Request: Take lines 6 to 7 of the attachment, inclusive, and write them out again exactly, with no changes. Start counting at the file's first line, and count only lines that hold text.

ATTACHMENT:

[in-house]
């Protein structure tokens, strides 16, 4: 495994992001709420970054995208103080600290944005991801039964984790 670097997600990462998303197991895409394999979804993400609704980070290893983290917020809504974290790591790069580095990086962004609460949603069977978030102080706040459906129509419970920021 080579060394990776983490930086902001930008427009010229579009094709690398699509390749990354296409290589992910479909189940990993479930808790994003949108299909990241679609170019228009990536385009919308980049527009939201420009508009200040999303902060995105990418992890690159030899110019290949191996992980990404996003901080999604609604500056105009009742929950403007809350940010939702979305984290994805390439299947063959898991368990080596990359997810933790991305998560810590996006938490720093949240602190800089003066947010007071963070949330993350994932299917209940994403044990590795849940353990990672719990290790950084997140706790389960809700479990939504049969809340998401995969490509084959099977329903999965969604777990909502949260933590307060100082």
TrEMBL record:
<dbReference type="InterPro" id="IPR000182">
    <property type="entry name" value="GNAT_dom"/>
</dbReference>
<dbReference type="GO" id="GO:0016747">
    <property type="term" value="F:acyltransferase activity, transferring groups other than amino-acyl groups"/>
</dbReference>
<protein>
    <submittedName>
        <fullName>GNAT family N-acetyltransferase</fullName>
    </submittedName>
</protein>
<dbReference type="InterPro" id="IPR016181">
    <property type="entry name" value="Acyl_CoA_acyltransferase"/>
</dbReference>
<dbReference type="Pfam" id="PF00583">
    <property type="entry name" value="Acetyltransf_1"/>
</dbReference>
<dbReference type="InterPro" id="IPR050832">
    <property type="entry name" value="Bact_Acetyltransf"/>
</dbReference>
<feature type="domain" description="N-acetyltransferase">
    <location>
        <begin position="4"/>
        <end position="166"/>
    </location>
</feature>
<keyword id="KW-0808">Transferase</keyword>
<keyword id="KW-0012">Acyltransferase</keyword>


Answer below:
</dbReference>
<dbReference type="GO" id="GO:0016747">